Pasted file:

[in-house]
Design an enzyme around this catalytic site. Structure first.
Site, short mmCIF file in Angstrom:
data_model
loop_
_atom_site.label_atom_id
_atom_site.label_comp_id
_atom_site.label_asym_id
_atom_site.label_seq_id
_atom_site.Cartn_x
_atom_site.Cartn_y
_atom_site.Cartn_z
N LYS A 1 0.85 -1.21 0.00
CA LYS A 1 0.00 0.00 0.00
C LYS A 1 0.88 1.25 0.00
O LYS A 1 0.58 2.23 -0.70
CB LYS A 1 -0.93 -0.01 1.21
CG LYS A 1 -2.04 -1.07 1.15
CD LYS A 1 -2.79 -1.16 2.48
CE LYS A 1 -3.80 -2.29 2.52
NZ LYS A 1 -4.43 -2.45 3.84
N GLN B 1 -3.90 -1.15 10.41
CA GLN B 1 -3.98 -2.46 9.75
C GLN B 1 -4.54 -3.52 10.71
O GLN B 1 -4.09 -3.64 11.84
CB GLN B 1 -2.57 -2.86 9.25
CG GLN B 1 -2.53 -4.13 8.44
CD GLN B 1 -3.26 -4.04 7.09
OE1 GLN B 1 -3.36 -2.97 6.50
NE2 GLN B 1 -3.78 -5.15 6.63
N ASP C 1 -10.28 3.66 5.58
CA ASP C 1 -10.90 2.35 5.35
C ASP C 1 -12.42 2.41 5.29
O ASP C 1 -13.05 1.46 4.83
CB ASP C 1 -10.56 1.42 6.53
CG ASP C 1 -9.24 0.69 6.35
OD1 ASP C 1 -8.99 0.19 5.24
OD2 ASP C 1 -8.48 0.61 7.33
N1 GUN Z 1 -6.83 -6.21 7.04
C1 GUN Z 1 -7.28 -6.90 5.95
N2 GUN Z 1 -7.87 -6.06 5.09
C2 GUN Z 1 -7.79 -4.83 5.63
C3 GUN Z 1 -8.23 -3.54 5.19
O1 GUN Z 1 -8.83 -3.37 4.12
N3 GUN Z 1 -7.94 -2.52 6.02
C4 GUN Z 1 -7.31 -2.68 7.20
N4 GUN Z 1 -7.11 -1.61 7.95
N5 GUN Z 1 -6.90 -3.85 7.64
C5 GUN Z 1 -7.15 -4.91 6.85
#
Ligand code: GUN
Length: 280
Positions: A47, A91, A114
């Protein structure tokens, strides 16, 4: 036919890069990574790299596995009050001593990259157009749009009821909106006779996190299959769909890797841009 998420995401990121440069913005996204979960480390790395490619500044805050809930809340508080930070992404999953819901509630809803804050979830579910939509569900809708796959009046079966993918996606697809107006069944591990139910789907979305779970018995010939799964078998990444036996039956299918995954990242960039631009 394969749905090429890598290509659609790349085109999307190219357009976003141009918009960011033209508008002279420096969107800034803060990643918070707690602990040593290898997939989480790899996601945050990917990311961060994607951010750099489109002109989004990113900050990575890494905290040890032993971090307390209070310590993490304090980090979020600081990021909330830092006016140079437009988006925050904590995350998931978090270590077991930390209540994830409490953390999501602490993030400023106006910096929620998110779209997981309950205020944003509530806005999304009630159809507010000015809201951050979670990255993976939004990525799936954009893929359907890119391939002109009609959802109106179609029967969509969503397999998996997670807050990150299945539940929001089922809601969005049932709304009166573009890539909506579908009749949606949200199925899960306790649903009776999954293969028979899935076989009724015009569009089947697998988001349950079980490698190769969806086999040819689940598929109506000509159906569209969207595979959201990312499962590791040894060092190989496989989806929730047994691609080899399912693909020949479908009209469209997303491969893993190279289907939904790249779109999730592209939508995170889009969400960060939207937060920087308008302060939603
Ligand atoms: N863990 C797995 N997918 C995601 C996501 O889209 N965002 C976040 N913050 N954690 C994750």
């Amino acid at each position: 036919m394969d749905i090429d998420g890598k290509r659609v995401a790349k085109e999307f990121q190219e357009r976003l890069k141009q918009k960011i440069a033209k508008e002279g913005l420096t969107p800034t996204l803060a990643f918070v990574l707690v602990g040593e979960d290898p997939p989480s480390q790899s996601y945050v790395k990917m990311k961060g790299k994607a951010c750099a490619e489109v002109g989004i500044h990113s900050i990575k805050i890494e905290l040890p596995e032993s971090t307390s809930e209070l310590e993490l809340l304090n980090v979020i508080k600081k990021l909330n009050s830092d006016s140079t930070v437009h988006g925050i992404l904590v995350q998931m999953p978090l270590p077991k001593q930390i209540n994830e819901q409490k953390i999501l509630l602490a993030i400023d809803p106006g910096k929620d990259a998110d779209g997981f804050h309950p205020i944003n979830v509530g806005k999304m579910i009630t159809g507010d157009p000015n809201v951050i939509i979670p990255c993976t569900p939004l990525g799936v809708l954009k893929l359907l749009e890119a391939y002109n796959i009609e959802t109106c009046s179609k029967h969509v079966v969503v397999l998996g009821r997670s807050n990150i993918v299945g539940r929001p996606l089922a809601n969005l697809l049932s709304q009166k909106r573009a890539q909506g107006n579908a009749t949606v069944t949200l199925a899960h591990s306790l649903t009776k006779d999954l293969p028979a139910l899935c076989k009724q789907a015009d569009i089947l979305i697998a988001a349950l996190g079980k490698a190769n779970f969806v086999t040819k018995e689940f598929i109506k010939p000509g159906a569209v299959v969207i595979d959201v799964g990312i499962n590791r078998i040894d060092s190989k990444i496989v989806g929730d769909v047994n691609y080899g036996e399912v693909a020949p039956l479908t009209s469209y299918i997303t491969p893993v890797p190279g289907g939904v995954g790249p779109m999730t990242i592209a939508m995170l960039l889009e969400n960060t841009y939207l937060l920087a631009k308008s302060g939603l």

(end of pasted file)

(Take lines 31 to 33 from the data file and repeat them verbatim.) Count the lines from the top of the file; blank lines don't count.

N ASP C 1 -10.28 3.66 5.58
CA ASP C 1 -10.90 2.35 5.35
C ASP C 1 -12.42 2.41 5.29